Local Roots impressive mission is “to establish a year-round market place for the purpose of connecting consumers and producers of locally grown foods and other agricultural products. Our goals are to encourage healthy eating, expand local economic development, promote community involvement, and sustainable living.”

Membership in the co-op isn’t necessary but is encouraged, as are volunteers, for this is truly a grass roots movement.  The web site, www.localrootswooster.com tells it all. Although the co-op is just getting started and figuring out what it is and wants to be, I’ll bet that within a year Local Roots will have put out runners, and it wouldn’t surprise me if before they know it, they’ll be a model for others who want to serve their own communities. For now, bravo to all who put this wonderful effort together!

8 comments to Local Roots: A New Kind of Market-Co-op

  • Marlene Boyer

    Deborah, Thank you for your support of Local Roots and for taking the time to come visit with us. It was a delight to meet you. We look forward to seeing you at the market again soon.

  • What a wonderful article! Thanks so much for visiting Wooster. We have a great downtown, and Local Roots and the South Market Bistro are a vital part of that. Good support creates good energy- thanks!

  • Deborah,
    Thank you for supporting our hand-printed tshirts made from recycled textiles. It’s a great honor to have you see Local Roots and the amazing progress that dedicated volunteers put together. I hope you make it back to Local Roots again!

  • What an excellent model. I would like to see that here in Sonoma California. We have just been given the honor of being the first city in the United States to be designated a “Slow City”, Cittislow. Our year-round farmers market has seen its share of rain this year. A covered place would be very nice for the farmers and the customers.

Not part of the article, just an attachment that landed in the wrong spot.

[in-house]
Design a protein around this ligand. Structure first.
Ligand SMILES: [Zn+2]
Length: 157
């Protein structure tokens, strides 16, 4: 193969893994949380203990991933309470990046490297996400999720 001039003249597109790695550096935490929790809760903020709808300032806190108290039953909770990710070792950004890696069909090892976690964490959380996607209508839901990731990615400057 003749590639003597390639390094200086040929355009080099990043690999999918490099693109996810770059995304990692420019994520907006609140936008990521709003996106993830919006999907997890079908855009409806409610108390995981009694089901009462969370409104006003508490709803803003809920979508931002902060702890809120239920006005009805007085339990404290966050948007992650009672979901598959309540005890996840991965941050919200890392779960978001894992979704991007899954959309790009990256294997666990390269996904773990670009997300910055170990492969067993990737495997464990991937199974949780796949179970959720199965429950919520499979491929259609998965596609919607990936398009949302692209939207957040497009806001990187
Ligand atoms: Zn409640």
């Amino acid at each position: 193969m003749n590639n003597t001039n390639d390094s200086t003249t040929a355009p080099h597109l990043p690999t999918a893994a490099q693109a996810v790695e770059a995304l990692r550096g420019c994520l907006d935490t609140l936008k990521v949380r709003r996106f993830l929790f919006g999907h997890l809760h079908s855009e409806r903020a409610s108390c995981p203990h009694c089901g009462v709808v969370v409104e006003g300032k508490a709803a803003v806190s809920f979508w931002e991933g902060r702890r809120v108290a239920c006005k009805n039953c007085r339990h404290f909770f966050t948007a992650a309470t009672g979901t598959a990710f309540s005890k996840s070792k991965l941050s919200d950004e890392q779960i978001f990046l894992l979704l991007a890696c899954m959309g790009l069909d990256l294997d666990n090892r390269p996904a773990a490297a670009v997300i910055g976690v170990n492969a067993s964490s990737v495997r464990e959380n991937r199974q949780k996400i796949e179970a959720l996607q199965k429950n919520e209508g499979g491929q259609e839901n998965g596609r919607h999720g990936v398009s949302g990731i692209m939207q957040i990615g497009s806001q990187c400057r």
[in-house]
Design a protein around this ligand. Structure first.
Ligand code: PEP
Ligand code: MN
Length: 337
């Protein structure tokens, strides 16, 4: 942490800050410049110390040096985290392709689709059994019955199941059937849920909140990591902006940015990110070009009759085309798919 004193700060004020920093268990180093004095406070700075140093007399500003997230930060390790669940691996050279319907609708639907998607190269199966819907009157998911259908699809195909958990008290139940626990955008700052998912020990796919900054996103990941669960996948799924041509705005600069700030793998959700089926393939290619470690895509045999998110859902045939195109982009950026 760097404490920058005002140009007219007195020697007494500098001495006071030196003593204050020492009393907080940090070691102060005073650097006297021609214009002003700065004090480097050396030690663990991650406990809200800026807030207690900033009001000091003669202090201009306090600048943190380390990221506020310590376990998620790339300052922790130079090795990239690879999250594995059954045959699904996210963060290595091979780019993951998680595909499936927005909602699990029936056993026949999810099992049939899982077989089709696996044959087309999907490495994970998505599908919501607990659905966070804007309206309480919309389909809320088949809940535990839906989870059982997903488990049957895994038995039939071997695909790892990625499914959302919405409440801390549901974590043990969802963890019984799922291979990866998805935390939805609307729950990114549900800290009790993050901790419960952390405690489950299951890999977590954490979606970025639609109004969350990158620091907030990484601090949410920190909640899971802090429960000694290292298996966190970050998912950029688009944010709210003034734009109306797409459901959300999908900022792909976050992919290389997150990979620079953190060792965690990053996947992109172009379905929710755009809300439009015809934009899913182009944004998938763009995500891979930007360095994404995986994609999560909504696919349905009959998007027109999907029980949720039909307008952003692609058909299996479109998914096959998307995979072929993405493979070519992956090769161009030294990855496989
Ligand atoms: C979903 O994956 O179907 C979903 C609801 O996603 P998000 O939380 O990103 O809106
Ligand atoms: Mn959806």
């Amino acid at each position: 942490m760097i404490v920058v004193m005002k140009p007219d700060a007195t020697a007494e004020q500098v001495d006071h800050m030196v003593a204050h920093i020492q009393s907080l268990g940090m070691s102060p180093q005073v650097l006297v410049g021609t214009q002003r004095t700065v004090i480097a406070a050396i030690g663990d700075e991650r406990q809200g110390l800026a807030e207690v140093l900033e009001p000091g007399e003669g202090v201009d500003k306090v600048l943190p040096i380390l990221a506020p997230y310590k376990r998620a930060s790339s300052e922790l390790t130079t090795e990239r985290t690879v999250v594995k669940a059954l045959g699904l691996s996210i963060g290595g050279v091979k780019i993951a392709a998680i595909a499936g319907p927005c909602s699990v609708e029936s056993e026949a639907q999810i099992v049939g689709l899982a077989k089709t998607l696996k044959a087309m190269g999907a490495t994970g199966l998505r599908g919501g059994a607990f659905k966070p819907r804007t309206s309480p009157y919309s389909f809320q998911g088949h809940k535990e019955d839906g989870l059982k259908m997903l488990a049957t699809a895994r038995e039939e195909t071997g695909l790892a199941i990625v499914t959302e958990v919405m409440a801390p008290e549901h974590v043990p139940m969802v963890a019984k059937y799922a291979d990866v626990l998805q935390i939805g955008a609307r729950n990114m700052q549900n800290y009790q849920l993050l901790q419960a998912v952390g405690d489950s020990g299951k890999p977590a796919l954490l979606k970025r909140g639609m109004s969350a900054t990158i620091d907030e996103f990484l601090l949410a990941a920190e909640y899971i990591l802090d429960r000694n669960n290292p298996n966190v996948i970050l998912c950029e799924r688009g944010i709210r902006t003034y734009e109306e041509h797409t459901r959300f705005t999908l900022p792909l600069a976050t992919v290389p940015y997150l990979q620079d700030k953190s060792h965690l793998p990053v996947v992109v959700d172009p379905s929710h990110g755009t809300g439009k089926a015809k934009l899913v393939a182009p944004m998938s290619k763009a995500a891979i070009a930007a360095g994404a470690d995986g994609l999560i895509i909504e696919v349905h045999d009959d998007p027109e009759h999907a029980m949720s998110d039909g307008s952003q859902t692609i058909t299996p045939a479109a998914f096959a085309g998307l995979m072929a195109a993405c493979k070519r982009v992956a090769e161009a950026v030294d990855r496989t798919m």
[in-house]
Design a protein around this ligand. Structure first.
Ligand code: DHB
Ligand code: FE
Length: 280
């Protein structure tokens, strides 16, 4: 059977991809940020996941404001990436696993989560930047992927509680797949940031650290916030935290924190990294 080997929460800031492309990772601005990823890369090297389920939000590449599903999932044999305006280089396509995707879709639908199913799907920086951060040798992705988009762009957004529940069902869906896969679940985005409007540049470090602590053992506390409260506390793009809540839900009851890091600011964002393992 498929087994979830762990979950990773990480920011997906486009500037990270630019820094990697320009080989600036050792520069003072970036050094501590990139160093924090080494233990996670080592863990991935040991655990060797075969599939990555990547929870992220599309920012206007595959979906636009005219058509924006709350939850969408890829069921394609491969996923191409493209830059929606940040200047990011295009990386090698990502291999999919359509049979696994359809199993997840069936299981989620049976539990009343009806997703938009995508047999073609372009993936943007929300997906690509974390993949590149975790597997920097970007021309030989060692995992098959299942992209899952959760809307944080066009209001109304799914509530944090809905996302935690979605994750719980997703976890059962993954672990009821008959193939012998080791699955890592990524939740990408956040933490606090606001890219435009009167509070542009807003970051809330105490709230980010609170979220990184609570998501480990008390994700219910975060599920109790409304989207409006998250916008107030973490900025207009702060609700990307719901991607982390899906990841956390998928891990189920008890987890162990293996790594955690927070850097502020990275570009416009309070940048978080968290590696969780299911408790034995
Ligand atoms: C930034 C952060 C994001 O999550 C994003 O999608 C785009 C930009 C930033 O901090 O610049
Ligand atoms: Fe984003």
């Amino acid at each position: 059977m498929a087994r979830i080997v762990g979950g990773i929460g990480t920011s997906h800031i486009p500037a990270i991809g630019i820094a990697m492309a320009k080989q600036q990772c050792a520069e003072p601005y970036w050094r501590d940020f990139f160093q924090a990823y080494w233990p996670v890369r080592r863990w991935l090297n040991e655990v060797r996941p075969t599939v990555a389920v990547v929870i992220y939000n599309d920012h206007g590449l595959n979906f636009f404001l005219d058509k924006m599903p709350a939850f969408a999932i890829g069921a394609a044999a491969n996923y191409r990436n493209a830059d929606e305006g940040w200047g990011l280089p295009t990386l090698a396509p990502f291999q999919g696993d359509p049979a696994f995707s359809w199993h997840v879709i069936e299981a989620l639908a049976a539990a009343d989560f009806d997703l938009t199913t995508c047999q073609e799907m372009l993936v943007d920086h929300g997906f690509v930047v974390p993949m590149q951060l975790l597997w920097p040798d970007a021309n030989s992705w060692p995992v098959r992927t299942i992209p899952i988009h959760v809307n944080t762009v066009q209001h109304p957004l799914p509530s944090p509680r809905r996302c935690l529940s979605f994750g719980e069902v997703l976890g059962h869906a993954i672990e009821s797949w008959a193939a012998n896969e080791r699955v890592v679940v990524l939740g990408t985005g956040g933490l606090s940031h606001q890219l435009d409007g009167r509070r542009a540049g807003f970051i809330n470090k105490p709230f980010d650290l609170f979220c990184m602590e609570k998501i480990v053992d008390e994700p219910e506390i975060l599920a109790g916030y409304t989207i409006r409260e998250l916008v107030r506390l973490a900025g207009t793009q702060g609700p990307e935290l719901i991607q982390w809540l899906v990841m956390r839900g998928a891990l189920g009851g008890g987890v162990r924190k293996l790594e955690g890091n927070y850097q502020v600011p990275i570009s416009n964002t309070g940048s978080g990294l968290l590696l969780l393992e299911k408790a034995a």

Has anyone ever heard of a town that employs a farmer? Where the city contracts with a farmer to grow for the community? It’s something that seems smart for the whole “food security” issue. It may be more secure for the farmer as well.
    Deborah, I’m so glad to find your blog. I met you once at our Friday morning Farmers Market. I was selling produce and you came to fill up for a class at our local cooking school. You praised our food, commented on how rare it is to find celery at a farmers market and suggested lovage, which we now offer. It was such a highlight to meet you and I think of it when my feet are cold and I just want to go home. It makes me smile.

    • Candi – I do remember you and your celery in that beautiful market. Am glad to hear you grew lovage and I hope that people are using it. It’s such
      a good herb.
      What an interesting idea, to have a town employ a farmer. I’ll ask around to see if anyone knows of that. Maybe Sonoma will be the first?
      Congratulations, bys the way, on Sonoma being a Slow City!

  • Carmella Massaro

    Deborah,
    Your passion for regional food sources shone thru with the visit to Wooster Local Roots. It was our pleasure to have you visit.
    We are taking the healing steps together.

  • Hi, Deborah. This might be a crass question, but any idea if Local Roots was profitable? We would love to do a year-round, indoor/outdoor operation in Bellevue but have heard that there was not yet one in the country that wasn’t losing $.

    Christina

  • Wow, I just stumbled upon your blog and am happy to find out that such a great organization is so near me! I’m a chef, health coach, and farmer in Cleveland! Give it up for Ohio!